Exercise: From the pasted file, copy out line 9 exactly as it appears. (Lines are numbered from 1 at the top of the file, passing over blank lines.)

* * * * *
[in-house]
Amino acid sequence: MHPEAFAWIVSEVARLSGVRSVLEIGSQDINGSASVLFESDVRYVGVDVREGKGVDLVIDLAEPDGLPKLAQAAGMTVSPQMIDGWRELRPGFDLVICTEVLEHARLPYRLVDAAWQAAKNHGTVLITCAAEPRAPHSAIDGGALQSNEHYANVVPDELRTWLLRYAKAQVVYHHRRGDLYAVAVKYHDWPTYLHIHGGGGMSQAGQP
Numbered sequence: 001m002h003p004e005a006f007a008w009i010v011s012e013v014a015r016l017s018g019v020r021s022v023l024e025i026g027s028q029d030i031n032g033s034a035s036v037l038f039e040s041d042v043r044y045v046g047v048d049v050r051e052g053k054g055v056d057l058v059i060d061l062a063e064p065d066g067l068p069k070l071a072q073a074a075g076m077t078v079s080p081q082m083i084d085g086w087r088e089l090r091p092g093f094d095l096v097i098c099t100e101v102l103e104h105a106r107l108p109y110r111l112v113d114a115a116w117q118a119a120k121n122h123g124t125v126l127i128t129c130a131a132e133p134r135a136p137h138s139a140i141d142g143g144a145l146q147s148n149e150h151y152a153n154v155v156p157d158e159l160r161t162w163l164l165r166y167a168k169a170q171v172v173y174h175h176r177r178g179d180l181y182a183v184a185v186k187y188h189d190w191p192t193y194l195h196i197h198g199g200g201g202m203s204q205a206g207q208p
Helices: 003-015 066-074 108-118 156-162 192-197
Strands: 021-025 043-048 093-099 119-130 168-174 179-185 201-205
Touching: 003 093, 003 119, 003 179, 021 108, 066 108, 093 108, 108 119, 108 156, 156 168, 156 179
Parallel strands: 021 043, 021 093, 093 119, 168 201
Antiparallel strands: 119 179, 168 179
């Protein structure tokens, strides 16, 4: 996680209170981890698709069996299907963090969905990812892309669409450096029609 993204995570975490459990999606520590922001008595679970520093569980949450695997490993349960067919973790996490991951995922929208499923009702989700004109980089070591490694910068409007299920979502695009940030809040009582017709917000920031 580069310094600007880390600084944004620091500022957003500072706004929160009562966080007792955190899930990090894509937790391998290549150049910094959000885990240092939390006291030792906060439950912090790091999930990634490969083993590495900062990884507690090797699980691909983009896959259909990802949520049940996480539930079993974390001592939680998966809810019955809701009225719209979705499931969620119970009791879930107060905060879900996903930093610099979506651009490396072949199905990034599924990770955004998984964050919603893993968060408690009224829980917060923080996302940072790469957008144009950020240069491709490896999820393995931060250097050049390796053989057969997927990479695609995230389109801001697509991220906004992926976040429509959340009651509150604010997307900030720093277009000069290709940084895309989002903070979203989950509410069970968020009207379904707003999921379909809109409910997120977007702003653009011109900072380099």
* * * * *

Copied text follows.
């Protein structure tokens, strides 16, 4: 996680209170981890698709069996299907963090969905990812892309669409450096029609 993204995570975490459990999606520590922001008595679970520093569980949450695997490993349960067919973790996490991951995922929208499923009702989700004109980089070591490694910068409007299920979502695009940030809040009582017709917000920031 580069310094600007880390600084944004620091500022957003500072706004929160009562966080007792955190899930990090894509937790391998290549150049910094959000885990240092939390006291030792906060439950912090790091999930990634490969083993590495900062990884507690090797699980691909983009896959259909990802949520049940996480539930079993974390001592939680998966809810019955809701009225719209979705499931969620119970009791879930107060905060879900996903930093610099979506651009490396072949199905990034599924990770955004998984964050919603893993968060408690009224829980917060923080996302940072790469957008144009950020240069491709490896999820393995931060250097050049390796053989057969997927990479695609995230389109801001697509991220906004992926976040429509959340009651509150604010997307900030720093277009000069290709940084895309989002903070979203989950509410069970968020009207379904707003999921379909809109409910997120977007702003653009011109900072380099």